A press release from the Illinois Beverage Association:
Illinois House of Representatives Overwhelmingly Opposes Beverage Taxes
67 House members co-sponsor resolution opposing any new taxes on beverages
CHICAGO – State Representative David McSweeney has been joined by 66 fellow members of the Illinois House of Representatives in sponsoring House Resolution 148, which opposes any new taxes on beverages and supports the thousands of Illinois small businesses that are linked to the beverage industry in the state.
“Representative McSweeney and a bipartisan group of representatives have stood up for the industry and Illinois families.
“They understand that adding yet another tax on common grocery and restaurant products will have disastrous, unintended consequences, creating higher prices at neighborhood grocers and restaurants, and causing massive job losses across several industries,” stated Claudia Rodriguez, Acting Executive Director, Illinois Beverage Association.
Beyond the regressive nature of beverage tax proposals, these taxes could severely hurt local economic growth and job creation.
If imposed, a penny-per-ounce tax is estimated to destroy more than 19,000 Illinois jobs, eliminate more than $875 million in wages and would result in $1.695 billion in lost economic activity.
More than 90,000 jobs in restaurants, grocery stores, convenience stores, movie theaters and more rely on the industry – all of which could be hurt by a proposed tax.
“We are thankful for Representative McSweeney’s initiative and support for retailers and the beverage industry. A statewide beverage tax would be devastating to the state’s economy and we’re glad to see a majority of House members being supportive of an industry that employs thousands of Illinois residents,” stated Rob Karr, President and CEO, Illinois Retail Merchants Association.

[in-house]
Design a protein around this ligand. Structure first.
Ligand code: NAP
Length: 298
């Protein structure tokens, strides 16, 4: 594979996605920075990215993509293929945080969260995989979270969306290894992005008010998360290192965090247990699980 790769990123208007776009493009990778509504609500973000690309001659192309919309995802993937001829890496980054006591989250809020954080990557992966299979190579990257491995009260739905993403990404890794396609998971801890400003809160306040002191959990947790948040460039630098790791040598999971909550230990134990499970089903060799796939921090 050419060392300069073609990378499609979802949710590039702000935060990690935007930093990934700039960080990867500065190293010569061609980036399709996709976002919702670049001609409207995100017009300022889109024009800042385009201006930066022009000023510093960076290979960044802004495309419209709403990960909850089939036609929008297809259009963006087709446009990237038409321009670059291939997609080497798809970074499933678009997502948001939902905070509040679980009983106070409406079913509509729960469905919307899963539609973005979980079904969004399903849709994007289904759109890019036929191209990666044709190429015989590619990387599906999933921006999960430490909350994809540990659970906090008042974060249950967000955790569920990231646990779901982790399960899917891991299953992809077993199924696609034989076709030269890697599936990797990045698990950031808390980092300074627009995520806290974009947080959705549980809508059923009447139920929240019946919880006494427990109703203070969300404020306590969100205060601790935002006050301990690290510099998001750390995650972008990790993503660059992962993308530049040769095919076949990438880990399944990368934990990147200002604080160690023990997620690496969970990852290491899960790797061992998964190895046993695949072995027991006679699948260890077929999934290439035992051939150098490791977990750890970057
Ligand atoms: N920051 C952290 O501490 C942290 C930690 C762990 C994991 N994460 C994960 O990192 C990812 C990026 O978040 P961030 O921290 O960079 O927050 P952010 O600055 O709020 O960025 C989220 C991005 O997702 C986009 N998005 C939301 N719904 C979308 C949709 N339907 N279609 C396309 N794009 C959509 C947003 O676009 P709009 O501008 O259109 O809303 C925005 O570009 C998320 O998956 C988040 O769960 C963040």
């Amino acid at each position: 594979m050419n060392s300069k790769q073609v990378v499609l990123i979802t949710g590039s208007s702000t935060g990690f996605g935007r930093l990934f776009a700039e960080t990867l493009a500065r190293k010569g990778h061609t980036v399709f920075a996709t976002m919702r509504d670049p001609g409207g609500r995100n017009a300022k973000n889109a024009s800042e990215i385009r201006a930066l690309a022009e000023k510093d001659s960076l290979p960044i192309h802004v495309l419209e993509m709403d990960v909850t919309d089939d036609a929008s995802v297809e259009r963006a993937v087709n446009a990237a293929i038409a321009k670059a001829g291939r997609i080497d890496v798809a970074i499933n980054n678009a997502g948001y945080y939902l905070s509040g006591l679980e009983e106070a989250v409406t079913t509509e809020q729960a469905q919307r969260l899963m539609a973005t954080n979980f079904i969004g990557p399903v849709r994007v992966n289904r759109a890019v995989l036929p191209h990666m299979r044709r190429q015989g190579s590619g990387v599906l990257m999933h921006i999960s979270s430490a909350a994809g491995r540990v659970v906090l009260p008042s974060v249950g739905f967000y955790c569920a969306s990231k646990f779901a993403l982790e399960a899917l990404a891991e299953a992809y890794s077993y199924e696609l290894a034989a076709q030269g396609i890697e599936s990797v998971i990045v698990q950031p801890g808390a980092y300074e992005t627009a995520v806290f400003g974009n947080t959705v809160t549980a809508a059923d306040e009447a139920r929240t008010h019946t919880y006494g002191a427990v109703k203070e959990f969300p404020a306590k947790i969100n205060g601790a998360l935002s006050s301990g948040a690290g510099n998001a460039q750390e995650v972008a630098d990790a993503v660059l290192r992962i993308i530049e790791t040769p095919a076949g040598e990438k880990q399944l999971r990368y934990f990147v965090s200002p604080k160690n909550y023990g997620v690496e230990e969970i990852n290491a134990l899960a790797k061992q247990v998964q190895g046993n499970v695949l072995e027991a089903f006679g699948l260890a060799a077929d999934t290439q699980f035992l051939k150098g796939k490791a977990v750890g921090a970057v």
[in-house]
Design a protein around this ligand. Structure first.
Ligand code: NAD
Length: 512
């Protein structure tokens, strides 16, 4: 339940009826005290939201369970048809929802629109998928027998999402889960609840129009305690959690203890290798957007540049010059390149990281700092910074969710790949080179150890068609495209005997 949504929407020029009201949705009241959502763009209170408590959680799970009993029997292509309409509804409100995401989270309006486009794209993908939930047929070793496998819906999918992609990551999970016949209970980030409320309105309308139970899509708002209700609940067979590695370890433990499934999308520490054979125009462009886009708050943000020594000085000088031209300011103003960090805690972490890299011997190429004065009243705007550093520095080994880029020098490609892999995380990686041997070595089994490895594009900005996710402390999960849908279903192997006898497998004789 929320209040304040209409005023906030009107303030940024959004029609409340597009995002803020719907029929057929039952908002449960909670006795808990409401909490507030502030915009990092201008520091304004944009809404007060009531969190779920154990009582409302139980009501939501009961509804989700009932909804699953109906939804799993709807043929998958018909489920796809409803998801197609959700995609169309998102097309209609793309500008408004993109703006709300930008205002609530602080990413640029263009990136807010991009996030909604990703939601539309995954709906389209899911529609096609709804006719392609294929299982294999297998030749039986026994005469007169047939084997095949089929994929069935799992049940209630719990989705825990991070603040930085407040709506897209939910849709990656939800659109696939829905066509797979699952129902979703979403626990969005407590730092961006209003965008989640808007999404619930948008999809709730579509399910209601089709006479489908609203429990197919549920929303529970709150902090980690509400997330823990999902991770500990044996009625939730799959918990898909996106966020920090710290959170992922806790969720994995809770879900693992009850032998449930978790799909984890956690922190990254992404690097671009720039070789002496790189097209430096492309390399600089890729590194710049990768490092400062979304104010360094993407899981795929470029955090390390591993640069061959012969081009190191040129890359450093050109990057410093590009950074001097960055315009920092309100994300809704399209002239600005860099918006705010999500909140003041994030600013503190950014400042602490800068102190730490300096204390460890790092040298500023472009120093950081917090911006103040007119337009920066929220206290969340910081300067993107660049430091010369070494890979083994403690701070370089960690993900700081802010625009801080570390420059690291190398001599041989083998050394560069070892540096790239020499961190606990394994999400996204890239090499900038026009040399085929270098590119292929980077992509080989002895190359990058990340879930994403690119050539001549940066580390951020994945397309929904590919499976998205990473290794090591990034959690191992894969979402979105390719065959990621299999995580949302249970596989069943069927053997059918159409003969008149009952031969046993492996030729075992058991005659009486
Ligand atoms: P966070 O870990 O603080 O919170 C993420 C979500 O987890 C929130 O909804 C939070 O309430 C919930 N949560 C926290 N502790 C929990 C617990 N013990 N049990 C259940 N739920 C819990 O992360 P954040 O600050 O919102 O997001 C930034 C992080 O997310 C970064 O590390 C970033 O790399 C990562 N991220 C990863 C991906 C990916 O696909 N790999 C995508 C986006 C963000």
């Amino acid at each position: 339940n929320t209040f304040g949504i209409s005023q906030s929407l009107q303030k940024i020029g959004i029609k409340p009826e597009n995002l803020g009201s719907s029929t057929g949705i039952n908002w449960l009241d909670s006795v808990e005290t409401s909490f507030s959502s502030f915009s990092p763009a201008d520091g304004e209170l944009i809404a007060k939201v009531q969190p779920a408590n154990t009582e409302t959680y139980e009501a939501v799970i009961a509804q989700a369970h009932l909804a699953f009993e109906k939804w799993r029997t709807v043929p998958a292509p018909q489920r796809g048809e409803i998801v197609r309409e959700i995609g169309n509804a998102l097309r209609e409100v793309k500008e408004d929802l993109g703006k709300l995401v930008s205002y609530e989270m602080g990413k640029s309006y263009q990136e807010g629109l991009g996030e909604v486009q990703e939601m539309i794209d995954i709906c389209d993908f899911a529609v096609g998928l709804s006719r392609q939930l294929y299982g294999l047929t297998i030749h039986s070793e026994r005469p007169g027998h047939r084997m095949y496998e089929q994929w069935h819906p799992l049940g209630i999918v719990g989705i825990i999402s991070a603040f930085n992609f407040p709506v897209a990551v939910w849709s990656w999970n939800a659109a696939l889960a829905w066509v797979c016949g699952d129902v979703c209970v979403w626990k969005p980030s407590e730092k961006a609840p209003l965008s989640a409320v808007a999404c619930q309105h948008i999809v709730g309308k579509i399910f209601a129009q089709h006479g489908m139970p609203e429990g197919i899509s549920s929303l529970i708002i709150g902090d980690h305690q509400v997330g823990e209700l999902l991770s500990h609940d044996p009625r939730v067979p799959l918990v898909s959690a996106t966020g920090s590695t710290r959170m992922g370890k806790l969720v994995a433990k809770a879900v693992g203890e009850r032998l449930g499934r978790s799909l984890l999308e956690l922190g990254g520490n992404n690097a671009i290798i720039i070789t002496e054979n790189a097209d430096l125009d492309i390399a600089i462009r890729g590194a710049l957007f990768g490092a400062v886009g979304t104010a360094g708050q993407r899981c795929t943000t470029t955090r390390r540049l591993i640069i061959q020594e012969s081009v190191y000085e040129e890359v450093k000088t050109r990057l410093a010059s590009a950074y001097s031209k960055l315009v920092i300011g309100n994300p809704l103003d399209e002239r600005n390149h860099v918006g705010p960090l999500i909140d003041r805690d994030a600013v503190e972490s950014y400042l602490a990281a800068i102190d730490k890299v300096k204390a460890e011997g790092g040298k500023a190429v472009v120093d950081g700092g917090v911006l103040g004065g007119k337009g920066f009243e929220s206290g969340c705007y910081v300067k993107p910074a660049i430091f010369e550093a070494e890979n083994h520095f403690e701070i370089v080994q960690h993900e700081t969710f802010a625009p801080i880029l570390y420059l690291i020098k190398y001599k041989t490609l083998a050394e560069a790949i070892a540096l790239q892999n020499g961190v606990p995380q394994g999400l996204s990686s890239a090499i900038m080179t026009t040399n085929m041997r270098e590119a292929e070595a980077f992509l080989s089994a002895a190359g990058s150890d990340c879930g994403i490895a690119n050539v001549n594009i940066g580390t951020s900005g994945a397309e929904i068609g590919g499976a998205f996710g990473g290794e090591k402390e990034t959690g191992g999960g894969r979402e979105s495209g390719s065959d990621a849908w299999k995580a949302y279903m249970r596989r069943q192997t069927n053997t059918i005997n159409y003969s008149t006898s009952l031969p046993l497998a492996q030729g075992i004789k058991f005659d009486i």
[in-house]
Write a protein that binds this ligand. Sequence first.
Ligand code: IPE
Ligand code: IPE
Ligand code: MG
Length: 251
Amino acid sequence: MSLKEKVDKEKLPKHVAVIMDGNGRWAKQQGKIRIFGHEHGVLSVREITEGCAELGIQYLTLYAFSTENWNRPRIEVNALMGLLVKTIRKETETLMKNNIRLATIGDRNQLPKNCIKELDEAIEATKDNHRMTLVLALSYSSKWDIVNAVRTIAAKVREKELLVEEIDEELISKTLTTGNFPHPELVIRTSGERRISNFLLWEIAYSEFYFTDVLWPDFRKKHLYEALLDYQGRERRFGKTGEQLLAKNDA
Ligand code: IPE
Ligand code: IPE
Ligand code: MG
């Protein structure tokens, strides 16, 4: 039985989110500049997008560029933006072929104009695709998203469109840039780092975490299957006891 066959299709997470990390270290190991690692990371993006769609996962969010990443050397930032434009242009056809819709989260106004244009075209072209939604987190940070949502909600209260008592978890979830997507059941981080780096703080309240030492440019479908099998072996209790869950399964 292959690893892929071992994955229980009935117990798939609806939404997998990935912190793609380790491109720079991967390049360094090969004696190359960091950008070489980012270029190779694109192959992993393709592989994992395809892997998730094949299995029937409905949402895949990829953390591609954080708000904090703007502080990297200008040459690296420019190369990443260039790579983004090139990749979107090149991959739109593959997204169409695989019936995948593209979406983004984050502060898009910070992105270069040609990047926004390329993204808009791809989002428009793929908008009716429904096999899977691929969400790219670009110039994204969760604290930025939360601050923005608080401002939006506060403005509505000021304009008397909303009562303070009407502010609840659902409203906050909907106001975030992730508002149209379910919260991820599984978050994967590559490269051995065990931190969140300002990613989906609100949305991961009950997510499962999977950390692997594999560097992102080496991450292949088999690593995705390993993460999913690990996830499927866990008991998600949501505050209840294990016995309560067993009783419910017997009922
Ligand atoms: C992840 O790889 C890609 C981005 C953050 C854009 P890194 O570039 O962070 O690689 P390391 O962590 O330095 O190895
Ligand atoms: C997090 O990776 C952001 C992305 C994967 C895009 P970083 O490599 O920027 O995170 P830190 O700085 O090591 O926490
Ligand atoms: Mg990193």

A similar tax proposal imposed in Philadelphia has already produced devastating effects on the local economy, hurting small businesses and jobs.
Early reports have found beverage sales in Philadelphia to have dropped between 30 and 50 percent as consumers leave the city to do their shopping.
Many businesses have been forced to cut employees, with more than 300 layoffs already announced and thousands of employee work hours cut.
Additional cuts are expected.
With a pending penny-per-ounce beverage tax set to be implemented on July 1, 2017 in Cook County, a new state tax would multiply these negative impacts and dramatically weaken the state’s economy.
A broad coalition of more than 1,000 concerned Illinois families, small businesses, labor unions, chambers of commerce and community organizations are opposed to regressive beverage taxes, which could dramatically increase costs for many common grocery items, including juices, teas, sports-drinks and sodas.
HR 148 is a bipartisan effort with more than 66 co-sponsors opposed to approving yet another tax on the beverage industry.